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James Hansen's Travel Report: Geophysical Boundaries and Climate Change


Dr. James Hansen of NASA's Goddard Institute for Space Studies has returned from his recent trip abroad with a comprehensive report on the need to define a global climate strategy:
Geophysical boundary conditions must be considered in defining a global climate strategy. The Kyoto Protocol and proposed extensions are an exercise in self-delusion and a prescription for global disaster.
In July, Dr. Hansen sent a letter to the Prime Minister of Japan, host of G8 conference, warning that we'd exceeded safe C02 levels (safe being below 350 ppm; current levels exceed 385 ppm). His new report begins with a recounting of his meeting with the German Minister of the Environment, Sigmar Gabriel, which included a warning about the use of coal-fired plants:
I am grateful for Minister Gabriel’s generosity with his time, and I have no doubt about his sincerity in dealing with climate change. However, we did not come to a common understanding about the implications of geophysical boundary conditions on fossil fuels. The stark policy implication of the data, I assert, is urgency for a moratorium on coal-fired power plants.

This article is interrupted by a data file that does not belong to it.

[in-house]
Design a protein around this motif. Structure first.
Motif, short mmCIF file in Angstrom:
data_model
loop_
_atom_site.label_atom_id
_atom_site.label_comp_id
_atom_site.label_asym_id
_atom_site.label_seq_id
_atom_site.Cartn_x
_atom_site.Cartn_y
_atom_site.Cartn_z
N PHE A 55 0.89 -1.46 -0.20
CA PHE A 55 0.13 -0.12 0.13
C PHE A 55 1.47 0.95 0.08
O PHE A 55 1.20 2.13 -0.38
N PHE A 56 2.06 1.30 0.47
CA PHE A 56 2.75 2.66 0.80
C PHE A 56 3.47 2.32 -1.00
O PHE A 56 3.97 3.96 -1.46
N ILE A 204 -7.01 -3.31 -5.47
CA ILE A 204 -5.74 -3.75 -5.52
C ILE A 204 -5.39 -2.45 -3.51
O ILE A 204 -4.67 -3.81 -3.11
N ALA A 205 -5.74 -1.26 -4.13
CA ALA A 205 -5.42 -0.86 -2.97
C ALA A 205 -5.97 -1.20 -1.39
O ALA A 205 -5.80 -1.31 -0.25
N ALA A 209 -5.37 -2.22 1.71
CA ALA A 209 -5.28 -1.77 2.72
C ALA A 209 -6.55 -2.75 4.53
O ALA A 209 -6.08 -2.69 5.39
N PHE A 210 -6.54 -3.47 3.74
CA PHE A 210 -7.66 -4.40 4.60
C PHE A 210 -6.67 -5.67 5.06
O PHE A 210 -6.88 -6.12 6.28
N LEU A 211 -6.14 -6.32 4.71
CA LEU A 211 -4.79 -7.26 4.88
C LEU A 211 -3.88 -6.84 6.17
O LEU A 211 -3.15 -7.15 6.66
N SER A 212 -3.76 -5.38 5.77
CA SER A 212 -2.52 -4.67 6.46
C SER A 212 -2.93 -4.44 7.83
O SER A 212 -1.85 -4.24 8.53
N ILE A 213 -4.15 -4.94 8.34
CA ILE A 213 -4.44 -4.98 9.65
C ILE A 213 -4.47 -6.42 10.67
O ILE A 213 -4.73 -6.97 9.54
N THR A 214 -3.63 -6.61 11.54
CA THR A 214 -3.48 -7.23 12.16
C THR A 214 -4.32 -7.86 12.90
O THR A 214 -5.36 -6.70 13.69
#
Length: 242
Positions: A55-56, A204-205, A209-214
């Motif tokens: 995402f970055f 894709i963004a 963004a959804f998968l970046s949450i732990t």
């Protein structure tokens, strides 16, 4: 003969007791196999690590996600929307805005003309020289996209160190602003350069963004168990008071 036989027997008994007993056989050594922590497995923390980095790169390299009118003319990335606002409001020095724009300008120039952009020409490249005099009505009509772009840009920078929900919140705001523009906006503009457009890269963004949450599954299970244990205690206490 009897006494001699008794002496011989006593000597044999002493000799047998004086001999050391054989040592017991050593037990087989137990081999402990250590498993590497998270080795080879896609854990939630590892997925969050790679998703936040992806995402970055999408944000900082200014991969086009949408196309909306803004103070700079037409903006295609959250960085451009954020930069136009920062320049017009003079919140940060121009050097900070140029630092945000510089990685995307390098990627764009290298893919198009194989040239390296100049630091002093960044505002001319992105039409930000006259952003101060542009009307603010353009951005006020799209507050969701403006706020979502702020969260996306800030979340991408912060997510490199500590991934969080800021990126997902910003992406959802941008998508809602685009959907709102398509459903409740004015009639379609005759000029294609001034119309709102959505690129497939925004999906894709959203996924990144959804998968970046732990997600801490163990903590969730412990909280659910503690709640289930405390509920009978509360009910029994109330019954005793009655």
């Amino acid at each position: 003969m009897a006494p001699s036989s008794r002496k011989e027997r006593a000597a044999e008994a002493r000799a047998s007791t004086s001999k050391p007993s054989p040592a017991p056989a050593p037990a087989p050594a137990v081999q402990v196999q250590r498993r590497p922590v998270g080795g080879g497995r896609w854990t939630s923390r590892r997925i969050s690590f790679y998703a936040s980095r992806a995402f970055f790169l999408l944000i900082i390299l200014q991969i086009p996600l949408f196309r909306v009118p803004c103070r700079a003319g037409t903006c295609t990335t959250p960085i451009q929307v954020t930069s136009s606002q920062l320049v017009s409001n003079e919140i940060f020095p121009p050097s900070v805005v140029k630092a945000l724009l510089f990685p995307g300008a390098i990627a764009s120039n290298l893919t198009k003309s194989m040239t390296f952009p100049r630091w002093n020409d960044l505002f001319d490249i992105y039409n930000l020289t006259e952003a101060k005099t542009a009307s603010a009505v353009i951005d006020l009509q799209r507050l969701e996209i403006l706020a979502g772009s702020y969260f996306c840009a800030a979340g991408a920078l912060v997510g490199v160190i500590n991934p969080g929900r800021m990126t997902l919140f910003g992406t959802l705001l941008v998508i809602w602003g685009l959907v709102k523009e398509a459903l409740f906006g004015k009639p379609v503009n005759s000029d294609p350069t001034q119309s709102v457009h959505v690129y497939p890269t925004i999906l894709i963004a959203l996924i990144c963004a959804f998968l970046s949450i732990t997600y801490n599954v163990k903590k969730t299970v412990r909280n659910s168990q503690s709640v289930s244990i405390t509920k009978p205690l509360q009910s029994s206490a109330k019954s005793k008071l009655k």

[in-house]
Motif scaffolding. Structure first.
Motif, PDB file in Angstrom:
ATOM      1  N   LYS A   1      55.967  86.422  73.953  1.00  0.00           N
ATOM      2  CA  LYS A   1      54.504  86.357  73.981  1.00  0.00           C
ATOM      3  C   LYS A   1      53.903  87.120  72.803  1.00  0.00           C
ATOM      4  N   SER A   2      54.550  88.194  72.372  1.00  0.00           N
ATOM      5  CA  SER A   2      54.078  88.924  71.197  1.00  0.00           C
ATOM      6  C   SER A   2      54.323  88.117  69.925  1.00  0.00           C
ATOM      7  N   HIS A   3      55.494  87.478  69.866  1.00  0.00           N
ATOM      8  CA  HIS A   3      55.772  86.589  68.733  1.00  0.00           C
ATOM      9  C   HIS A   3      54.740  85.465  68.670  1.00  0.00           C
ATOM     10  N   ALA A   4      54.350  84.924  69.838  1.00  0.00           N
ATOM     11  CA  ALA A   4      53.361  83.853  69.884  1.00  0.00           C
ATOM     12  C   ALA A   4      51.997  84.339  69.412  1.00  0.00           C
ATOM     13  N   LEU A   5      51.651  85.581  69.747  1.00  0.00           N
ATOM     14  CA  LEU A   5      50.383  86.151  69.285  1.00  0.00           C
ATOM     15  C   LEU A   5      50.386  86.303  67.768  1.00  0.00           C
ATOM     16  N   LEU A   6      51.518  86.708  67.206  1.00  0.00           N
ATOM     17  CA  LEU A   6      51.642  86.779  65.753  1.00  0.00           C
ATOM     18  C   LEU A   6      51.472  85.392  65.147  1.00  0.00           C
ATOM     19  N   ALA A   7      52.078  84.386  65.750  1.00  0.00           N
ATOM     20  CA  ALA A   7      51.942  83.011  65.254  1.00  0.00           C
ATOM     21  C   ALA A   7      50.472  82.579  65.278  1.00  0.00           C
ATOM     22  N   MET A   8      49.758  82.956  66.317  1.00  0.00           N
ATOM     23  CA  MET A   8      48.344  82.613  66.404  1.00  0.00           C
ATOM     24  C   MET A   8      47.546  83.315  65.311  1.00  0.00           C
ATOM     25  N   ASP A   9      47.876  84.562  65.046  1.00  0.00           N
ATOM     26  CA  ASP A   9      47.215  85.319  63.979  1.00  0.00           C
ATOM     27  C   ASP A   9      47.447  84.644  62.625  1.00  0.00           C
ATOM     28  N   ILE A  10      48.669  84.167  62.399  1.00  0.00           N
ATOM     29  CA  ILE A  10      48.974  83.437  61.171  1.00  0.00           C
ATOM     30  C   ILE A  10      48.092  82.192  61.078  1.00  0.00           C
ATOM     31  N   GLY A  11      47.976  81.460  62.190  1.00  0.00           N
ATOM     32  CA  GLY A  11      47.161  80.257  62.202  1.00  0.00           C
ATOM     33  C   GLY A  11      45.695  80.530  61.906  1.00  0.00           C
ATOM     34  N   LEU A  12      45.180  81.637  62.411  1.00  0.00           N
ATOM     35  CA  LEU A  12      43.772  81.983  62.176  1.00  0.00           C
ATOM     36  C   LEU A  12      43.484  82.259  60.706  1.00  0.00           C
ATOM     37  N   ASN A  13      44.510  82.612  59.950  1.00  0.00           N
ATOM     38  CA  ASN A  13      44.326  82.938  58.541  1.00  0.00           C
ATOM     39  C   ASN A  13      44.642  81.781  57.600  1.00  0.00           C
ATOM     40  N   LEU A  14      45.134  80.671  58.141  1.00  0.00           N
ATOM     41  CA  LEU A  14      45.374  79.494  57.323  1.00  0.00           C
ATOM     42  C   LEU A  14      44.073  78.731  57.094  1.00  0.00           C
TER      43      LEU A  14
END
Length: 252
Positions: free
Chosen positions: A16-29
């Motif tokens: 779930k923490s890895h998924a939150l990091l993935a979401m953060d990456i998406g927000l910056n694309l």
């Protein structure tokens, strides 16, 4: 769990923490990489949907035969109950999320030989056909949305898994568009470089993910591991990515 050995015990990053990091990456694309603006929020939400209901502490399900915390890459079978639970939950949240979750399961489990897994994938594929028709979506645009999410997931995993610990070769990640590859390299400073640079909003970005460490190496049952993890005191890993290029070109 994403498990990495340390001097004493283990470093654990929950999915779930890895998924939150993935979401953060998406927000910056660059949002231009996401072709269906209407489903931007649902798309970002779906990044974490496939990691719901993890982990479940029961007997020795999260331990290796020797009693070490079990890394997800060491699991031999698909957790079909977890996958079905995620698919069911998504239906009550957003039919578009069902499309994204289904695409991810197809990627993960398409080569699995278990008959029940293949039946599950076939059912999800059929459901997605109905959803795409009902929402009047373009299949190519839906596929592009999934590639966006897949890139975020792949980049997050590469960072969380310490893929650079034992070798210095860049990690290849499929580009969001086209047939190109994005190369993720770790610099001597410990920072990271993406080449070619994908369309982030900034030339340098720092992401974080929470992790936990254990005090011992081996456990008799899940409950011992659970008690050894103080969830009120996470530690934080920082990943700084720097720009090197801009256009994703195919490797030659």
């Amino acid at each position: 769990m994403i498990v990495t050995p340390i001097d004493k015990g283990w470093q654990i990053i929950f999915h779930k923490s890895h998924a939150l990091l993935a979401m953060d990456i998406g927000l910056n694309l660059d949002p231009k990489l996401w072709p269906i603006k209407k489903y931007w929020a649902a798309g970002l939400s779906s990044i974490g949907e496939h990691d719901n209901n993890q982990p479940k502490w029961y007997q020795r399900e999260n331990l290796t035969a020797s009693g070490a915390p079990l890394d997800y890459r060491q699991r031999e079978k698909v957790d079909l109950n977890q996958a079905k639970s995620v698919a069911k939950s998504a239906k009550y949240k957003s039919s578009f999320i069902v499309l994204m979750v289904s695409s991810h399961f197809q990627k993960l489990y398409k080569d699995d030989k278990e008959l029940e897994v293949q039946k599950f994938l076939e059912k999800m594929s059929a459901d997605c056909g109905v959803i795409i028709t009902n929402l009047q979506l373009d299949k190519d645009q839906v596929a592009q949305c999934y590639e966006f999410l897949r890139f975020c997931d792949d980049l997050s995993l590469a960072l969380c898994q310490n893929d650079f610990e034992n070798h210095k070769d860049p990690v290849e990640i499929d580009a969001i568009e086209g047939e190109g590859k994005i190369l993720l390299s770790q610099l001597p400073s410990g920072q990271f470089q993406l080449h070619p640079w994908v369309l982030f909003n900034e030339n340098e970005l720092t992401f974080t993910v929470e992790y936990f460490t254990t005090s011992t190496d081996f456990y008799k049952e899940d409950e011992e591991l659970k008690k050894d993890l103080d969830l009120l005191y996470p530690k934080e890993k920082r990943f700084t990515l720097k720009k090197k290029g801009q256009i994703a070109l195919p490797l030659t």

Fig. 1. (a) carbon sources, and (b) CO2 scenarios if coal emissions are phased out linearly over 2010-2030 period; return below 350 ppm can be hastened via reforestation and carbon sequestration in soil, and further via capture of CO2 at gas-fired power plants.

The report continues with the United Kingdom and offers Hansen's concerns about the problems inherent with geophysical boundaries while attempting to define a global strategy and his concern about the countries' position on carbon sequestration and "clean coal"
:
The approach in the UK involved a number of people. At a dinner for VIPs organized by George Polk, I made the case re coal, that a moratorium on new coal-fired power plants is the essential first action.
In a response from the UK government key phrases were as follows:

“For the UK, the starting point…is to recognize the central role of the EU Emissions Trading Scheme (EU ETS), particularly given the EU’s ambition that ‘cap and trade’ should form an integral part of a global climate change deal.” “A key priority for us is therefore to see this scheme strengthened…”

Doctor Hansen: "the letter continues with sobering self-deception about how mandating ‘carbon-capture-ready’ will solve the coal problem."

The report can be found at this link:

http://www.columbia.edu/~jeh1/mailings/20080804_TripReport.pdf